Harmful pollution to be cut under federal agreement
North Carolina’s landmark clean air settlement with the Tennessee Valley Authority has received final approval from a federal court judge, Attorney General Roy Cooper said June 30.
Judge Thomas A. Varlan of the United States District Court for the Eastern District of Tennessee approved a consent decree in the case, bringing to a successful close Cooper’s five-year-long legal battle to get the TVA to clean up emissions from its coal-fired plants.
“Many years of hard work went into winning this settlement for the people of North Carolina, and I’m pleased that we’ve achieved this resolution,” Cooper said. “Our air and our water will be cleaner and our people and our economy healthier thanks to this settlement.”
In April, Cooper and the TVA entered into a settlement to resolve concerns that dirty air from TVA plants was clouding North Carolina skies and sickening its residents. The TVA is required to reduce emissions by retiring at least 18 of its 59 coal units and installing and continuously operating emission-control equipment on almost all of the remaining units.
Four TVA plants that are closest to North Carolina will be among the first to be controlled or shut down. The TVA will also pay $11.2 million to North Carolina over the next five years for programs to encourage energy efficiency and reduce demand for electricity.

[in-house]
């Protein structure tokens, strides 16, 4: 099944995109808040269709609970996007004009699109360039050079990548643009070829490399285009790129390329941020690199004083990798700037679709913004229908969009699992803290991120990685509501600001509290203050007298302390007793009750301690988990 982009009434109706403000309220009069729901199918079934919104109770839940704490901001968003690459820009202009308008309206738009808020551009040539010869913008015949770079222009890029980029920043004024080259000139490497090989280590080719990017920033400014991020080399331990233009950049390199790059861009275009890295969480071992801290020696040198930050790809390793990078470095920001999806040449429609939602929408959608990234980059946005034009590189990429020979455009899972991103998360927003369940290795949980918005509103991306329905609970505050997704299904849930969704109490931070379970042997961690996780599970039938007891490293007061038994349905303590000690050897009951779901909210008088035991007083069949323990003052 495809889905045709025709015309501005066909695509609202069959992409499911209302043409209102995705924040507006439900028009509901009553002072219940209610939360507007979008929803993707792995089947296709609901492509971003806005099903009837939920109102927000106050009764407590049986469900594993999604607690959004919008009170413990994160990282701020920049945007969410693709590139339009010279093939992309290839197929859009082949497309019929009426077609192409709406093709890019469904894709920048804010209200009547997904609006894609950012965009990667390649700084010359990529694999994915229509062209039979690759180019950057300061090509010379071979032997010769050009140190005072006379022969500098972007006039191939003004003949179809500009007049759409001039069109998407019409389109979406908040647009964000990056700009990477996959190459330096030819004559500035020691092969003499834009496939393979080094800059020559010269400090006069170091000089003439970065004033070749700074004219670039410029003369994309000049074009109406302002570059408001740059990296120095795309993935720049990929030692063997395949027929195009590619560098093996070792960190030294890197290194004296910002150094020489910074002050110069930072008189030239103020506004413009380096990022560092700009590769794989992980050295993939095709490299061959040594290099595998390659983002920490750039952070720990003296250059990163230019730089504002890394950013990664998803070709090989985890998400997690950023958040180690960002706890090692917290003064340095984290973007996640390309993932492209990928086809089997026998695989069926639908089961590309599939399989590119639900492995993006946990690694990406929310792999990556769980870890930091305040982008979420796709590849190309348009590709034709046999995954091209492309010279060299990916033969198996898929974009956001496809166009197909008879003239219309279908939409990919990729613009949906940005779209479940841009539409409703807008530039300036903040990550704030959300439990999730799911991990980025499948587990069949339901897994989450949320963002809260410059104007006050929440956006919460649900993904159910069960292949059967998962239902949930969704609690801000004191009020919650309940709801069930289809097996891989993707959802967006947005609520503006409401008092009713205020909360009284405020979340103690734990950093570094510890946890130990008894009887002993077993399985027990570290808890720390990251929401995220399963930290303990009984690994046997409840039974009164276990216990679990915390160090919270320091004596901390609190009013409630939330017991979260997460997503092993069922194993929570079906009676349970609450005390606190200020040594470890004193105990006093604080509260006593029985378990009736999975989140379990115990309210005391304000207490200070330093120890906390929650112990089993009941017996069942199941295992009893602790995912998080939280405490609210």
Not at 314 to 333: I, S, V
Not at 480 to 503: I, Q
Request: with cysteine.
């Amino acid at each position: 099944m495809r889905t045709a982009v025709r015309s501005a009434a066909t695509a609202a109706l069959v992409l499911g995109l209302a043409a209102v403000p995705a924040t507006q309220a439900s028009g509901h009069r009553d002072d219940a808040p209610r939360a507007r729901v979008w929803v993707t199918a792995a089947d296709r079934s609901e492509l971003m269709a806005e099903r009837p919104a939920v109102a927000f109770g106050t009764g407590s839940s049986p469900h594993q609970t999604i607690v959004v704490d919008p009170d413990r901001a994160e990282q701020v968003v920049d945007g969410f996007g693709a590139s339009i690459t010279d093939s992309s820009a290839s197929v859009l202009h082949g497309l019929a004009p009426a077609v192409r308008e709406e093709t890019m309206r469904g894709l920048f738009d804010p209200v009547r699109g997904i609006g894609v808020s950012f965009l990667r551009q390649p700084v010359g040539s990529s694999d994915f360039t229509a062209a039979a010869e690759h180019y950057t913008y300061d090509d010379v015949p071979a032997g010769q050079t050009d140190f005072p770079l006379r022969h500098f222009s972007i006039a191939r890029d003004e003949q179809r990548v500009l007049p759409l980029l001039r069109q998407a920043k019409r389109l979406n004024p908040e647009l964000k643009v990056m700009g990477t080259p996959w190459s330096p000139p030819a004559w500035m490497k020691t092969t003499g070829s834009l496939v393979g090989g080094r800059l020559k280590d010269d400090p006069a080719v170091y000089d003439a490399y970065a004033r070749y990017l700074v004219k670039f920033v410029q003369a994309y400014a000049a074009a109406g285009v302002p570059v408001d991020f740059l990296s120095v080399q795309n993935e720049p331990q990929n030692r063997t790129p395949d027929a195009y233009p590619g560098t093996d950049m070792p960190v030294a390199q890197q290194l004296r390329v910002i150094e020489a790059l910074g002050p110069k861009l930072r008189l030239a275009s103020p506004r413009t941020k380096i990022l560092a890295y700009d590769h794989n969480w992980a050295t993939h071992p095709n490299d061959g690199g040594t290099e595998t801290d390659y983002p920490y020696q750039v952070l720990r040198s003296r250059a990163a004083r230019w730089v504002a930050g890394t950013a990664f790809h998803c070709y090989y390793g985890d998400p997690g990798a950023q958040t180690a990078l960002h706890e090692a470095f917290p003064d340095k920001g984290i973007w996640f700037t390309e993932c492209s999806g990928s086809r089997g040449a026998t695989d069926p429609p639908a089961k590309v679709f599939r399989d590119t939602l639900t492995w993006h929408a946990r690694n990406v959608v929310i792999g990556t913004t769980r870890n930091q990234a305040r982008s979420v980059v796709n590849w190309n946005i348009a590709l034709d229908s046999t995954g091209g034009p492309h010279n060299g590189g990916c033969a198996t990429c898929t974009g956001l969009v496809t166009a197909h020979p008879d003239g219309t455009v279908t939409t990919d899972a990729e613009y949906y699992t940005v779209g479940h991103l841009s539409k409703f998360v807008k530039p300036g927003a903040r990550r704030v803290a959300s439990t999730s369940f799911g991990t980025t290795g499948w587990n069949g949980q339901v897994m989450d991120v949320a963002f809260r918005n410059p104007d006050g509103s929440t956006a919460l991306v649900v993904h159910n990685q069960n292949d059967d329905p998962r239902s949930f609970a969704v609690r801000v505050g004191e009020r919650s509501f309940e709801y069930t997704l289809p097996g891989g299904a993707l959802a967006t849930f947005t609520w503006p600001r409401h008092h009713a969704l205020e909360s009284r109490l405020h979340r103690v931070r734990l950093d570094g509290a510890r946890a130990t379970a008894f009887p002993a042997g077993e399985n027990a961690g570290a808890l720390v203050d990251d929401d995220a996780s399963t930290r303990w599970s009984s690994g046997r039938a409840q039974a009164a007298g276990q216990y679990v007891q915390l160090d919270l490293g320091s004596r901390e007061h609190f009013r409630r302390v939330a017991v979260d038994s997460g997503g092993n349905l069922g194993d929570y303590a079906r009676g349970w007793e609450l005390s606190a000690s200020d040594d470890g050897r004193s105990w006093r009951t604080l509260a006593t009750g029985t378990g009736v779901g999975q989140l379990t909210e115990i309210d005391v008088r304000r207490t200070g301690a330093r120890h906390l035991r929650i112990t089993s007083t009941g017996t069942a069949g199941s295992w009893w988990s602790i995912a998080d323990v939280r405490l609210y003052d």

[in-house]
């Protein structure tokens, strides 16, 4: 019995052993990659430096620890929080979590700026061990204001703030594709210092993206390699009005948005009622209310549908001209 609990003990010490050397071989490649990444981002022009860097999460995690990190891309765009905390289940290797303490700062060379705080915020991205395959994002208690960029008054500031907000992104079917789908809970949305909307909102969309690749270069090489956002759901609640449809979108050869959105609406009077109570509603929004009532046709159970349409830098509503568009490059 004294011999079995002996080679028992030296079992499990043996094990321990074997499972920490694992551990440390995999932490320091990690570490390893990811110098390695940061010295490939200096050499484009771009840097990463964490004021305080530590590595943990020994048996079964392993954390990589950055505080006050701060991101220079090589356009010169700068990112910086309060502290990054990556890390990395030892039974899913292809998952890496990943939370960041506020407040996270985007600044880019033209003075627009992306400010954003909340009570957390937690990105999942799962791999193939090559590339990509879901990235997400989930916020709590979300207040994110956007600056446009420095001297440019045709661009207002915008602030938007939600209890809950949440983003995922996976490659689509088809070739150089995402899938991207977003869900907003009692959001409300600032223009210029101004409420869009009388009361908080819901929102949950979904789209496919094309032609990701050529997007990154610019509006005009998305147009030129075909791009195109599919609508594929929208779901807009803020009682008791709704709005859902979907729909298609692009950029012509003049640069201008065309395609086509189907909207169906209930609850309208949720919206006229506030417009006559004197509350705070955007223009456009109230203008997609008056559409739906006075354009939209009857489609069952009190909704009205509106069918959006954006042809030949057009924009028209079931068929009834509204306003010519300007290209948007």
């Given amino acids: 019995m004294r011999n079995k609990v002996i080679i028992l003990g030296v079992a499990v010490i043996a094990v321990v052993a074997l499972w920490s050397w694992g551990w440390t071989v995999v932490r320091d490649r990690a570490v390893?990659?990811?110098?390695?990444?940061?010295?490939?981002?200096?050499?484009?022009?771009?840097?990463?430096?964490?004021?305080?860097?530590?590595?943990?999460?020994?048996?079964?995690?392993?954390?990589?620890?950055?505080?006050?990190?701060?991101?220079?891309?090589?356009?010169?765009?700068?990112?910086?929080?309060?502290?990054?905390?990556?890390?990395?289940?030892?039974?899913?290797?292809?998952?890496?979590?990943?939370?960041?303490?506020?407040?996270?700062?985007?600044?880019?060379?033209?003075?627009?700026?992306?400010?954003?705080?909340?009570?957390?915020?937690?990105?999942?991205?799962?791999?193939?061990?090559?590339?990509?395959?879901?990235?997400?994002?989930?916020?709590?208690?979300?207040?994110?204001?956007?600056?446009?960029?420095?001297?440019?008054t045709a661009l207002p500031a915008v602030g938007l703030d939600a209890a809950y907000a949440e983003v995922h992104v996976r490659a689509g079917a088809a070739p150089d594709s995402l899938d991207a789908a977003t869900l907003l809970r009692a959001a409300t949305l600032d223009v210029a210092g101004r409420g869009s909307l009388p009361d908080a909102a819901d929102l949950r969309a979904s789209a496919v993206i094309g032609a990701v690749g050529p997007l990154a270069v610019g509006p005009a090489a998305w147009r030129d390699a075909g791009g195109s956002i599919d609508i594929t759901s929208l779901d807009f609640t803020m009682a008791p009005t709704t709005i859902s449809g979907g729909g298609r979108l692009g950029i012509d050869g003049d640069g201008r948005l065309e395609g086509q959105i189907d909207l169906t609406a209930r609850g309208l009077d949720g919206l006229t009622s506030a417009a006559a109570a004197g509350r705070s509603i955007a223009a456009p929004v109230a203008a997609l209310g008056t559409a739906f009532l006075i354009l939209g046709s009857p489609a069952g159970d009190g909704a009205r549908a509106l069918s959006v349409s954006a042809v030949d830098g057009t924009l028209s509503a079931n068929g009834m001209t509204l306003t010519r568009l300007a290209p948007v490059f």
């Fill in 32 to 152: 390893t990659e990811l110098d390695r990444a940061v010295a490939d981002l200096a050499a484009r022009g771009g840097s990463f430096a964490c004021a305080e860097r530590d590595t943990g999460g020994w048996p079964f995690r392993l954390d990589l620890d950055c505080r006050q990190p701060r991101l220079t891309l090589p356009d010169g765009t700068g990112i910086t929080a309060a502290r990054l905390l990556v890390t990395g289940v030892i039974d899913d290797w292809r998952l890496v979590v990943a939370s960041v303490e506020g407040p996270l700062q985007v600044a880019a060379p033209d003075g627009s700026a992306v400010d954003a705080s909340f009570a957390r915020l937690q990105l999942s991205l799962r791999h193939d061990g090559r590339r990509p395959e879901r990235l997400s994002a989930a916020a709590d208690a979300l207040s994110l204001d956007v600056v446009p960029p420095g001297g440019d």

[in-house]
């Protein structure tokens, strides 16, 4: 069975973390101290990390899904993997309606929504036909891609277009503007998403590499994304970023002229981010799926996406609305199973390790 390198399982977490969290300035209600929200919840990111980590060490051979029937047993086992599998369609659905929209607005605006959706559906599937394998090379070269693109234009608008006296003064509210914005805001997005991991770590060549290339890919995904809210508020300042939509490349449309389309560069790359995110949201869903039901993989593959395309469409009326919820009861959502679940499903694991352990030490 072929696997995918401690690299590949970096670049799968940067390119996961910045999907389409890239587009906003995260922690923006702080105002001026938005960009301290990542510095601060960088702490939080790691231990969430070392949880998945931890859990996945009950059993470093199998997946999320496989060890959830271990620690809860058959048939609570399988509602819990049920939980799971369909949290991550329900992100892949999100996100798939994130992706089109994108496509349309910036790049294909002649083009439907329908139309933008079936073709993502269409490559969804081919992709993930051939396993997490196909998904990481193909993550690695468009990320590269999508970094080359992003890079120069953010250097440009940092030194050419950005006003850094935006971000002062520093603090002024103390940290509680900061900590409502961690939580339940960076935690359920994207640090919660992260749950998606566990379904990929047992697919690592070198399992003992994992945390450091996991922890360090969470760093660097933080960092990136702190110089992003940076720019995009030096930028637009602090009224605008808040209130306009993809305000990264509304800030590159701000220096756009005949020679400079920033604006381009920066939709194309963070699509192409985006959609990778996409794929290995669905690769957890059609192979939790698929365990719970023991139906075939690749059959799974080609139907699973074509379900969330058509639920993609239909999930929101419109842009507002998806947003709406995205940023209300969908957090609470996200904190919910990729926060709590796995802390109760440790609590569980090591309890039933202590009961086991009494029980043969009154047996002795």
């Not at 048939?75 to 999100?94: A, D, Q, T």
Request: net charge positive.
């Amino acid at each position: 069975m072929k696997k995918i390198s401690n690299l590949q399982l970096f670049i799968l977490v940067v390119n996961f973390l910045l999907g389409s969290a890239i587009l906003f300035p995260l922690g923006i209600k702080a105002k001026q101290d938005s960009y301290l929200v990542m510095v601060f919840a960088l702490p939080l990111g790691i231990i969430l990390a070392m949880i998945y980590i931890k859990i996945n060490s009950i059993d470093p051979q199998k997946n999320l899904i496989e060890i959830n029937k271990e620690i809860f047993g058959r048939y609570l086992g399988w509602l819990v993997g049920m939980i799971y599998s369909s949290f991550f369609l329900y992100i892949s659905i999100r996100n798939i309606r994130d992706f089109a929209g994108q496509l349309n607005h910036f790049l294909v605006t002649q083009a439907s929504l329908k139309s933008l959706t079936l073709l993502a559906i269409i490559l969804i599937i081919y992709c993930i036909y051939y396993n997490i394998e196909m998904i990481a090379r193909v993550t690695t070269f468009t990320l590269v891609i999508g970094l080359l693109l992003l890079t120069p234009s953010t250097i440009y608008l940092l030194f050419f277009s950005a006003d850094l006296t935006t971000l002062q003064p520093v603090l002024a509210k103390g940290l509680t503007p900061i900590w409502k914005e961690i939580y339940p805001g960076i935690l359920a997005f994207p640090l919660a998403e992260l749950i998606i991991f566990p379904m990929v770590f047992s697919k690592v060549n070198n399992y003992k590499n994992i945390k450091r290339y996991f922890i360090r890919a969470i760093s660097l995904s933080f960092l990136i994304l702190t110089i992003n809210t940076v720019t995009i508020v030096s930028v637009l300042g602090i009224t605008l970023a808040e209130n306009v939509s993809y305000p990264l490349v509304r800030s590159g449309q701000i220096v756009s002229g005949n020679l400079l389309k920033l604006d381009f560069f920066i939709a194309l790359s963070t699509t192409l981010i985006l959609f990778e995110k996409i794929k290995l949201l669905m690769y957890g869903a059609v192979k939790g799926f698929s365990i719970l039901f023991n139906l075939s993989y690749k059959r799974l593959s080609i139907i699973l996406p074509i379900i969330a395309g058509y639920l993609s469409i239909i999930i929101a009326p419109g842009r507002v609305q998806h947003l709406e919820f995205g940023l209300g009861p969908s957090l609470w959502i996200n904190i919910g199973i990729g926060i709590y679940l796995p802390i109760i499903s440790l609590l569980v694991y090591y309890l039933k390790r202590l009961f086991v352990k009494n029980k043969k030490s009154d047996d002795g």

The case began in January 2006 when Cooper, on behalf of North Carolina, filed a public nuisance lawsuit against the TVA claiming that the utility’s coal-fired plants sent polluted air into North Carolina. Nitrogen oxide and sulfur dioxide emissions from these plants are linked to increased incidence of premature mortality, asthma, chronic bronchitis and other cardiopulmonary illnesses in North Carolina. The pollution also degrades water and soil, damages crops, and reduces visibility, especially in the mountains, a draw for the state’s $12 billion-a-year tourism industry.
U.S. District Court Judge Lacy Thornburg ruled in North Carolina’s favor in 2009, though an appellate court later reversed the decision. North Carolina has sought review of that decision in the United States Supreme Court, but will now withdraw its petition for review since the settlement has been approved by a federal court in Knoxville, Tenn.